Emergency & Safety User
If you plan on using your cell phone strictly for emergencies or to alert
friends or family members when you're egregiously late for dinner, there's
really no need to invest in a monthly service plan or a costly phone.
Instead, plenty of service providers offer prepaid plans that are bundled
with inexpensive phones ($50). The only drawback is that if you don't
use up your allotted minutes--or dollars, in some cases--within a certain
time period (usually three months), you lose them.
For infrequent emergency use, there are many free or very affordable
phones that will serve your needs. You will want a phone with the ability
to transmit in analog (since digital coverage is often poor in remote
areas). Also, make sure to pick a phone with a battery standby time of
at least 48 hours so that you'll have plenty of "juice" to make
calls if you're away from a power source.
When reviewing service plans, it's important to make sure that you will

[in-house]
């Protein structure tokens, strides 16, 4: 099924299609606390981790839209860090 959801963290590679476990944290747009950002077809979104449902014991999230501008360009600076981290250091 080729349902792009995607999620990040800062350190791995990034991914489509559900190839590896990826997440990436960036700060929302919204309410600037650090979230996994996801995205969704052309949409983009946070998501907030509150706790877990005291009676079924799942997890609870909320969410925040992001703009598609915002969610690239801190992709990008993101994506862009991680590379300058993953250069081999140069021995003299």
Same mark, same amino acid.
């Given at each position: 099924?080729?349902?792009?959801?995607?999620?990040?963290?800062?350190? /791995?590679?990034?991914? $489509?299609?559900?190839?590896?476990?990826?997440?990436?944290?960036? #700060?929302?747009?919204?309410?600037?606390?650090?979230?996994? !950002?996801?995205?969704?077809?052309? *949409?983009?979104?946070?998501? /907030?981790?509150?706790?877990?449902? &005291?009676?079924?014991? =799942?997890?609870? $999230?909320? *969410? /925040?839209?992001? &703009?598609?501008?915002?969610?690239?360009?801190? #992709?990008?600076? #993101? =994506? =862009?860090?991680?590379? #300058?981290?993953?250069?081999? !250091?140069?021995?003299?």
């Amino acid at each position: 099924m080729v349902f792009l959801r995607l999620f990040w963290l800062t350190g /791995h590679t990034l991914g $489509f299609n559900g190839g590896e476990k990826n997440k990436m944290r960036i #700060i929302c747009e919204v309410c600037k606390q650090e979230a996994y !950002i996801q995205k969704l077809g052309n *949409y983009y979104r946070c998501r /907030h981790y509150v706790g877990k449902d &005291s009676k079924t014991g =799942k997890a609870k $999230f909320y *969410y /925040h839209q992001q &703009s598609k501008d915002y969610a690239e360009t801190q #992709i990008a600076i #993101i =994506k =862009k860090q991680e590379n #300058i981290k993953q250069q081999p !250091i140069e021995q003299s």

have service in the places where you might need to use your phone. Examine
the coverage maps and verify that the highways and roads you drive on
frequently are covered. Many plans geared specifically toward safety users
offer a modest number of anytime calling minutes for less than $30 a month.
Be wary of plans that don't offer analog service, which is available in
many remote areas where there is no digital coverage.
If you really want to limit your budget and usage or give your family
member a cell phone for emergency contact, you should seriously consider
a prepaid plan.
To make sure your phone is always charged, consider tossing a car charger
in your glove box or carrying an extra battery in case yours runs out
of juice. You'll be prepared for any contingency, whether on the street
or in your car.